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Shelter Island Reporter editorial: The perils of ‘COVID fatigue’

At a media briefing last week to discuss the latest COVID-19 news following the emergence of the new omicron variant, Gov. Kathy Hochul (D) was asked directly if she’s concerned about “COVID fatigue” as residents have endured nearly two years of pandemic news, restrictions and precautions.

“That is the reality we live in,” she said. “Just look at the numbers. People have said, ‘We’re over this.’ ”

As a new wave of cases begins to hit during an expected winter spike, we can hope that this season won’t be nearly as bad as last year, before the vaccine was widely available. But it seems we must rely on individuals to do the right thing, to receive vaccinations and boosters, to stay home when feeling sick, to wear masks in indoor spaces and to follow the many precautions that have become all too familiar. The governor indicated that sweeping orders coming from the state, such as universal mask requirements or business closures, seem unlikely.

Last week, Ms. Hochul declared a state of emergency in response to the omicron variant, the mutation that was first detected in South Africa on Nov. 9 and by Tuesday had spread to 17 countries, including Canada.

Ms. Hochul on Thursday announced the first confirmed cases of the recently identified COVID-19 omicron variant in the State, including a Suffolk County resident. She said the Suffolk resident, did not become symptomatic until after returning home from her most recent trip to South Africa..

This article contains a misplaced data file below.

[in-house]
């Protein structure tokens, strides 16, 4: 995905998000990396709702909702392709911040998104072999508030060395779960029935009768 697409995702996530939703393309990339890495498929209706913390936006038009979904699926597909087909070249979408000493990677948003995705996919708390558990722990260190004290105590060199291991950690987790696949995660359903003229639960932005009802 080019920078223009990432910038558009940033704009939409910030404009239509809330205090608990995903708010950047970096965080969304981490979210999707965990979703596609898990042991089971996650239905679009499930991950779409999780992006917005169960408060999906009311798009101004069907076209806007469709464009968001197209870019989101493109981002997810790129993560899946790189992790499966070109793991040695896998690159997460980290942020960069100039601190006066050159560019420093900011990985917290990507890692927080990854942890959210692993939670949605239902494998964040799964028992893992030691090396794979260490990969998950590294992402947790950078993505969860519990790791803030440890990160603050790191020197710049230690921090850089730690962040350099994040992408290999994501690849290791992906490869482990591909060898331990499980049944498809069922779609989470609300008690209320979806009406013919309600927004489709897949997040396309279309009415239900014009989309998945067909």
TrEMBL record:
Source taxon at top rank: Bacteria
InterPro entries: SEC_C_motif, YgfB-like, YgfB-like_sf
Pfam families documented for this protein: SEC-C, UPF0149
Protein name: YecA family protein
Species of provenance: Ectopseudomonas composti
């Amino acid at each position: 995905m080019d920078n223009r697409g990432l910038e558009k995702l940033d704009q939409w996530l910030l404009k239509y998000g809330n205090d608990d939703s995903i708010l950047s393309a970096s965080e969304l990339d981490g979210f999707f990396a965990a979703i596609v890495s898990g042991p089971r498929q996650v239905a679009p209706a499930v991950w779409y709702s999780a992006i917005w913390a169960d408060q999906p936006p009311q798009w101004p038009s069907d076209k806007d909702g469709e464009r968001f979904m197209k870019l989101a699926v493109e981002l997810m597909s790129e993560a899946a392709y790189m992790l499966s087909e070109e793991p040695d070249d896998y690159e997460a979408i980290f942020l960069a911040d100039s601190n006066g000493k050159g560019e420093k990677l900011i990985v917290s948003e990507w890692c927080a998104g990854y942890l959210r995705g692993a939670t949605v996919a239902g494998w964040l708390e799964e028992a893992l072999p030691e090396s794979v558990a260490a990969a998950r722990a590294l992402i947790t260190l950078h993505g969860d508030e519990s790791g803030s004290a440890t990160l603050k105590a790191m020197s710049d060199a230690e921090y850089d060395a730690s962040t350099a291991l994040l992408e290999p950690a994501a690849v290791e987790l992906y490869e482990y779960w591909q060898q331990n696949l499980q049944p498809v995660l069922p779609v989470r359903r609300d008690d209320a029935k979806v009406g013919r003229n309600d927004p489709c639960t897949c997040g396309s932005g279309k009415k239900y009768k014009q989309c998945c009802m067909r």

The other four cases were residents of New York City.

The emergency declaration allows the state health department to limit nonessential hospital care until mid-January in facilities with limited capacity, a move designed to keep beds open if a wave of new COVID cases lands in New York. Those hospitals are all upstate; the governor said there are not yet capacity issues in Suffolk County.

Nationally, President Biden has shut down travel for all non-citizens from eight African countries and by week’s end those restrictions were being expanded.

Since March 2020, COVID-19 has done a world of damage on Long Island, in the State, nationwide and around the world, particularly in places with low vaccination rates. In America it has wreaked havoc on the economy, destroyed countless businesses big and small, disrupted education at all levels, and claimed an astonishing 777,000 lives in less than two years.

There were approximately 750,000 deaths in the American Civil War; American deaths in World War II totaled more than 400,000 over four years — nearly half of what COVID-19 has done in a far shorter time span.

America can’t seem to free itself from COVID. The steps needed to bring it under control, such as mask or vaccination mandates, have been denounced by political groups who say such efforts violate their personal freedoms. Perhaps one definition of freedom is to not do anything that brings harm to someone else. But that is not the debate that has raged in this country since the pandemic erupted.

Many of those who have resisted vaccine mandates — and even sought to punish entities like school districts for requiring them — now say President Biden has failed to bring the pandemic under control. Certainly that would be one definition of hypocrisy.

Here on Shelter Island and statewide, we watch the news with trepidation to see if COVID numbers will continue to climb. We can only hope we have turned a corner and there will be no more disruptions in our lives and that this is the last we hear of this beast.

So we wait. Meanwhile, state officials urge everyone to get vaccinated; if you are, get the booster. And wear masks indoors.